Hamlet, North Carolina, was an important center of the old Seaboard Railroad. It still has a yard for CSX Transportation, which like BNSF is the result of mergers. Hiring opportunities are slim because of massive job elimination. 

Instead of getting railroad jobs, local workers got low-paying jobs at Emmett J. Rowe’s chicken plant. Twenty-five workers were murdered there on Sept. 3, 1991, because of an avoidable fire and locked doors.

Rowe locked the doors because he thought workers, many of whom were Black, would steal chickens. White and Black workers were killed by Rowe’s racism. Eighteen women died. Forty-nine children were orphaned.

Dozens of other railroad towns were devastated. They included Paducah, Kentucky, where the Illinois Central shops were closed, and Livingston, Montana, home to the former Northern Pacific shops.

Thousands of railroad jobs were lost in the New York City area. Among them were workers on the many ferries that used to carry freight cars from Hudson County, New Jersey, to terminals on the west side of Manhattan. 

The elimination of these ferries and docks forced more trucks into New York City streets. It allowed luxury housing to be built at Battery Park City on Manhattan’s waterfront. Donald Trump sold condos at Riverside South on top of the former 60th Street yards.

Reparations not strikebreaking 

These massive job losses don’t mean railroads are going out of business. In 2018, U.S. railroads carried 13.6 million carloads of freight. Trains carrying shipping containers from seaports are a vital part of the global supply chain.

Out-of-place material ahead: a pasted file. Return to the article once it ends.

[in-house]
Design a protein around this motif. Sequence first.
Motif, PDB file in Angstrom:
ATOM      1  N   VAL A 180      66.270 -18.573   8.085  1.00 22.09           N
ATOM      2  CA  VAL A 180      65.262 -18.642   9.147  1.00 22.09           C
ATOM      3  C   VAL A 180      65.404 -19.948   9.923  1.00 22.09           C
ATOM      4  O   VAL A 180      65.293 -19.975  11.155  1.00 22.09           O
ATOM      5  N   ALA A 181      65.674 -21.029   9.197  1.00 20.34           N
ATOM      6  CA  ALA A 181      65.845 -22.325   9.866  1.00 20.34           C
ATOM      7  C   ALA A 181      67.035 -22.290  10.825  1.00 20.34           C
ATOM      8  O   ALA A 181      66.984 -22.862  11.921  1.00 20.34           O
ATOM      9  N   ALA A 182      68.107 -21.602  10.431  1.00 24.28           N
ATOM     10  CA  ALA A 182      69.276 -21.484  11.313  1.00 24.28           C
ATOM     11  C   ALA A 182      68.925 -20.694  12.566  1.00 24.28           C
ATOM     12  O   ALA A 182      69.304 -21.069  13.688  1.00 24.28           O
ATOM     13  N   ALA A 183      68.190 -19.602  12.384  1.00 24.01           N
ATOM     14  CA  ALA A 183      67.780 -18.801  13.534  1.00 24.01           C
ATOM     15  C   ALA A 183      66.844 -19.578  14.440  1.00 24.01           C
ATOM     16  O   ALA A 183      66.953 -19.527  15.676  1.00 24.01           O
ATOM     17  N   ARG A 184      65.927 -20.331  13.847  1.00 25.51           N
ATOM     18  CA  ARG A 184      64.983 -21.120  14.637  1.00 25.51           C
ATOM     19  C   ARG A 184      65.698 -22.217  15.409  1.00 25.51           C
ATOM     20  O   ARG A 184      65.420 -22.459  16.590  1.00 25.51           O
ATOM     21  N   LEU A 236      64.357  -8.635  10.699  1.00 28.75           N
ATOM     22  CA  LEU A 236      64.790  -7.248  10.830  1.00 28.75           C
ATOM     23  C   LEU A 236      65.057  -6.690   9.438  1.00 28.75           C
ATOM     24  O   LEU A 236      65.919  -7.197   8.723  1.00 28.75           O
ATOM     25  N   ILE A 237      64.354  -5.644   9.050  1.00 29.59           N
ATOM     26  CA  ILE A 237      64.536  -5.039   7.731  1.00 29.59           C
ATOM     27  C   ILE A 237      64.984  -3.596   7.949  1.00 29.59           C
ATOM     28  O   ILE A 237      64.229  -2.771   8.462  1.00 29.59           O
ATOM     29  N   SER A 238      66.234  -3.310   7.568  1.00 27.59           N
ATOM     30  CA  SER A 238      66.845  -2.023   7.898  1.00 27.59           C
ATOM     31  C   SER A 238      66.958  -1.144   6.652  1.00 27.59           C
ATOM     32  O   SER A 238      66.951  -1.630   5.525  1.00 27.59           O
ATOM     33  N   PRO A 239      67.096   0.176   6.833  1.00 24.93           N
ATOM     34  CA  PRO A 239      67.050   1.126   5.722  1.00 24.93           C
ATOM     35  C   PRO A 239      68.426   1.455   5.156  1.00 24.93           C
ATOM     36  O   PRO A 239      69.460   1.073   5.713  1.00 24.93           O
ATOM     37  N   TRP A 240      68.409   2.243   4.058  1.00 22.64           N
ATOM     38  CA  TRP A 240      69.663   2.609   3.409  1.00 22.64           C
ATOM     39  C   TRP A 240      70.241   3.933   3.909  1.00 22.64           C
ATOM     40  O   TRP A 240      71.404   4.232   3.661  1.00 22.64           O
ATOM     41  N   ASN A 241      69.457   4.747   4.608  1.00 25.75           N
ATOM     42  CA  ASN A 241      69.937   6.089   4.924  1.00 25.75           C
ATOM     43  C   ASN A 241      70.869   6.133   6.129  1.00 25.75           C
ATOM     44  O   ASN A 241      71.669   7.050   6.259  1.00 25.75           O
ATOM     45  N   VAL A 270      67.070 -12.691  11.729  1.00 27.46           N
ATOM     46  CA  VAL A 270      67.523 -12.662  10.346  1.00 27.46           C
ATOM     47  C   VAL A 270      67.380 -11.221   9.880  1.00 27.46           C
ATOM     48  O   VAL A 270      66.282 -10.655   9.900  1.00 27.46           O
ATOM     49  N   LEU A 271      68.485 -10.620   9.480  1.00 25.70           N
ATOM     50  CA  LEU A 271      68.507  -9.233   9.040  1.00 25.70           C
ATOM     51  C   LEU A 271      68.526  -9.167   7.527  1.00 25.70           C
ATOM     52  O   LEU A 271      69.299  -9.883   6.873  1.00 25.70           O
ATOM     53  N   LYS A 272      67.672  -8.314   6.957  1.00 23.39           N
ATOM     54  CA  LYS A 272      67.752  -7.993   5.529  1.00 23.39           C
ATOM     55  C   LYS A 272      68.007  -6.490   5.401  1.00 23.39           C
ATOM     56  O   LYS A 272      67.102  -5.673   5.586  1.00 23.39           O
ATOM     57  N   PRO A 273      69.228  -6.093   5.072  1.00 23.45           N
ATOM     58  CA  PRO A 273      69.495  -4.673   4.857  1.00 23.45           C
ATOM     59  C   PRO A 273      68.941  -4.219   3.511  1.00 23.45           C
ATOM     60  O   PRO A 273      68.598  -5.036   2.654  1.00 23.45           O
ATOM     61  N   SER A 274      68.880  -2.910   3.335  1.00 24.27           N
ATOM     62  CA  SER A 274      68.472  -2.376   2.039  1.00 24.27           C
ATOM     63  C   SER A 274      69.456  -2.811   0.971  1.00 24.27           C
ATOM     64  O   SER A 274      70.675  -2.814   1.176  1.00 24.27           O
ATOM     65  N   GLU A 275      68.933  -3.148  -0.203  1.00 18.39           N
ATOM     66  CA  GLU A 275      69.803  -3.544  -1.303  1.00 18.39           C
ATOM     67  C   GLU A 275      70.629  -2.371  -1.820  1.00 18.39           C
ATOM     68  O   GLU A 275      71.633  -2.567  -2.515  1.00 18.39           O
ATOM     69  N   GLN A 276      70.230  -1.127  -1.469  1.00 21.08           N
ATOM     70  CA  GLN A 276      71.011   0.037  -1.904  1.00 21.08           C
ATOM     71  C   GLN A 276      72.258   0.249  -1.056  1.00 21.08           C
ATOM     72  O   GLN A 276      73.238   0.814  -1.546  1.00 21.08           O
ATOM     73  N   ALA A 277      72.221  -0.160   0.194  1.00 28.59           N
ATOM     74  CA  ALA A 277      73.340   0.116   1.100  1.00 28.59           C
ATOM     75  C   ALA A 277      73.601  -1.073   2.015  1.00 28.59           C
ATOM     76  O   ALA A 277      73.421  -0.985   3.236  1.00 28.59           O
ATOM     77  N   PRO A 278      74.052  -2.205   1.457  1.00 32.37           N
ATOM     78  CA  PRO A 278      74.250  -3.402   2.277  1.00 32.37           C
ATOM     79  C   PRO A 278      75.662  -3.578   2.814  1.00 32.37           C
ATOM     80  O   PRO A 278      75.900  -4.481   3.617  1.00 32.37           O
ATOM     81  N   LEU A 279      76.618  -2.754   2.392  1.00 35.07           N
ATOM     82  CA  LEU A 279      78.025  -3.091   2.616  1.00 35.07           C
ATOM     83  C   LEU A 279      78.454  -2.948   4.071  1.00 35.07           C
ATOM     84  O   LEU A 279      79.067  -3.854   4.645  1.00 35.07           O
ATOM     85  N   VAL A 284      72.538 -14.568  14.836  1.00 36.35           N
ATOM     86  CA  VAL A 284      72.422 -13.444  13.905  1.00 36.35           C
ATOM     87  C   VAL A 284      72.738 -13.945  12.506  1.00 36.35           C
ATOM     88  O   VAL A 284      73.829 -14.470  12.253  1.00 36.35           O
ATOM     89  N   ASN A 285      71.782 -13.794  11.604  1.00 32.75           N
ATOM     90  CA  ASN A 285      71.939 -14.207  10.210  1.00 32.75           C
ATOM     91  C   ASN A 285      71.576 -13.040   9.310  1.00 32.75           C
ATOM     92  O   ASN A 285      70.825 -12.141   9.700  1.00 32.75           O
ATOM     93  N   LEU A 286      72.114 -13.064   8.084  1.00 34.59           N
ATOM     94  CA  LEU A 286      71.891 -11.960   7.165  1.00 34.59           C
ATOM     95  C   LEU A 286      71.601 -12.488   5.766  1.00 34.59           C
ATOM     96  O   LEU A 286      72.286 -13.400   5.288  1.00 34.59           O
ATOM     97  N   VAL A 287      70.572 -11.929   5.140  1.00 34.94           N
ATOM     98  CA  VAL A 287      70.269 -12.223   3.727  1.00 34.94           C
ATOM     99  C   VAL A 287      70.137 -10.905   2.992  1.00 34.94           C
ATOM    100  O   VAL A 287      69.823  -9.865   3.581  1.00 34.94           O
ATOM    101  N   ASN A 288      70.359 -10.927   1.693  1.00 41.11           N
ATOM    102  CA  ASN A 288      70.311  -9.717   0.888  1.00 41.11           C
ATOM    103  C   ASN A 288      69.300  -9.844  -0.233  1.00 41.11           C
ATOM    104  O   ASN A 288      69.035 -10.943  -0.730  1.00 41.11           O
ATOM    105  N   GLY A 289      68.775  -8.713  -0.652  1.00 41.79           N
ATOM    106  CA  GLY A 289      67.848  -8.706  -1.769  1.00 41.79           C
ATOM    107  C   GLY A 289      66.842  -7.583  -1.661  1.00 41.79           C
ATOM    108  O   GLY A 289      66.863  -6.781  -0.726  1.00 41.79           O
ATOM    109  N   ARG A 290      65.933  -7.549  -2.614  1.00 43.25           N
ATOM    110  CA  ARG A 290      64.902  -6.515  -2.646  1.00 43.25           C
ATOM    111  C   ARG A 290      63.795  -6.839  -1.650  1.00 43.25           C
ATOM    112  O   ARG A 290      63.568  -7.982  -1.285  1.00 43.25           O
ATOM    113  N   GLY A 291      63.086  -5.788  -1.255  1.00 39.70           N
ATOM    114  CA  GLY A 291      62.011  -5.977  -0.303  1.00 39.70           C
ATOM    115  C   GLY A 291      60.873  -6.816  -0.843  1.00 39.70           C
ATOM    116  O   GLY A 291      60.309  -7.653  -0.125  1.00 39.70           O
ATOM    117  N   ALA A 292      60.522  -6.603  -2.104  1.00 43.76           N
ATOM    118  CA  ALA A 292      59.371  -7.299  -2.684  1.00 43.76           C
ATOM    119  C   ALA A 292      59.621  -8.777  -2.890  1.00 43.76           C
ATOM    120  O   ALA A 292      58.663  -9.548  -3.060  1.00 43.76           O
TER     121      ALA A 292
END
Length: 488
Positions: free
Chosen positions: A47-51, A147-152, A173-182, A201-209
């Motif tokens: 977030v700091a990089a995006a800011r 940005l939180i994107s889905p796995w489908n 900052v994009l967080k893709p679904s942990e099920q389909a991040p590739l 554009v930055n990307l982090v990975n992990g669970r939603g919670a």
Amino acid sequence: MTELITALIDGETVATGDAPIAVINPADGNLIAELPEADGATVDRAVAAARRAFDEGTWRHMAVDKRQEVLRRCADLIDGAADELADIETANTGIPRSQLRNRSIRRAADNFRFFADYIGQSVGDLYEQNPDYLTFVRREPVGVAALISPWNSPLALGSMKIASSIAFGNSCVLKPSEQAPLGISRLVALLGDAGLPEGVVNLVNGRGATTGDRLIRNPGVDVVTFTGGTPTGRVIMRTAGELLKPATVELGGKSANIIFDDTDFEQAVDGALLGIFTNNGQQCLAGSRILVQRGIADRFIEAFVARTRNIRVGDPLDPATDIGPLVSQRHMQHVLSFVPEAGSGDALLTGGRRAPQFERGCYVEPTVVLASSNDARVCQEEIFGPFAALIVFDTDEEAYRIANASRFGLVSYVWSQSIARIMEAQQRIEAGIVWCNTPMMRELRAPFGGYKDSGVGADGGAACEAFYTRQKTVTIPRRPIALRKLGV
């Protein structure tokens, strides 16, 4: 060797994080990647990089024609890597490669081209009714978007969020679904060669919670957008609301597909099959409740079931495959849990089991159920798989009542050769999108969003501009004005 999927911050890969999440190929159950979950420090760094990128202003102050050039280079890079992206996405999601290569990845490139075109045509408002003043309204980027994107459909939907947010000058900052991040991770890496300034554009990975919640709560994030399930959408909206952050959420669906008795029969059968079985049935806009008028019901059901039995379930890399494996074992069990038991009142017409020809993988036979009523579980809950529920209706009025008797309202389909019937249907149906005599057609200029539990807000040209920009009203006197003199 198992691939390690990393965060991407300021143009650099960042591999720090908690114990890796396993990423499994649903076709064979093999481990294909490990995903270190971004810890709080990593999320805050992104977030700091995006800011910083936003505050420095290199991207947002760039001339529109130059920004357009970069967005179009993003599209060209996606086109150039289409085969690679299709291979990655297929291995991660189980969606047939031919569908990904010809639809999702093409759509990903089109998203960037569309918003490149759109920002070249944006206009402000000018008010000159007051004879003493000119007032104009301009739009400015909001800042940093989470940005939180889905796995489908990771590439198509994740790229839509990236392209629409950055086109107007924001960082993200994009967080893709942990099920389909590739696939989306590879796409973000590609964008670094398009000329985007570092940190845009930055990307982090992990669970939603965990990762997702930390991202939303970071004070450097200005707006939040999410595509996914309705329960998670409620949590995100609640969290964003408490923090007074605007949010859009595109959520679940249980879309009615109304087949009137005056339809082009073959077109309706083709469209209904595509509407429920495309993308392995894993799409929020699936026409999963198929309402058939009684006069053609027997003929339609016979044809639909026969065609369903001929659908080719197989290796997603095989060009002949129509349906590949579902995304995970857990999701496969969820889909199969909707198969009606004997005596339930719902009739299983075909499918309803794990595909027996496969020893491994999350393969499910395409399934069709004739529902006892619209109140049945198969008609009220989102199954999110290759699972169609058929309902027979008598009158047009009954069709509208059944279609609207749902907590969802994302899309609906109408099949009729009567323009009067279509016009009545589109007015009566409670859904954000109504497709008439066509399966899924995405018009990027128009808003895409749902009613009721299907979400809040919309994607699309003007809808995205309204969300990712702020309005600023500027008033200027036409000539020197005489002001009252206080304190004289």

BNSF isn’t going broke either. In 2019 it collected $5.5 billion in net income, another term for profit. 

So why are BNSF and the rest of the railroads increasing their attacks on workers? They want to go back to the days of the 19th century railroad tycoon Jay Gould, who bragged he could hire one-half of the working class to shoot the other half.

Today’s railroad kings want to reduce railroad crews to just one person. Having a one-person crew resulted in the 2013 Lac-Mégantic, Quebec, train wreck in which 47 people were killed.

Instead of attacking workers, BNSF should be paying reparations. 

The U.S. Army massacred Indigenous people on behalf of western railroads. General Custer died for the Northern Pacific Railroad, which was one of the rail lines that became the Burlington Northern Santa Fe.  

Nine thousand miles of track were built by enslaved Africans in the South before the Civil War. Thousands more miles were built afterwards by imprisoned Black people being used as slave labor.

Among them was John Henry, the “steel-driving man” who was worked to death building the Chesapeake and Ohio Railway, which is now part of CSX.

Railroad monopolies think they can steamroller workers. The 1926 Railroad Labor Act makes it difficult for workers to fight back. 

Today’s Congress can’t pass a bill to protect voting rights. But in 1991 it broke the last coast-to-coast strike within 24 hours.

An Amtrak yardmaster told this writer that when he worked for the Norfolk Southern Railway, a trainmaster demanded that he do stretch exercises. It was like the worker was still in kindergarten.

The arrogance displayed by the trainmasters is despised by workers. Union members are demonstrating with their families against the BNSF anti-family policy. Railroad workers will fight back.

The writer is a retired Amtrak worker.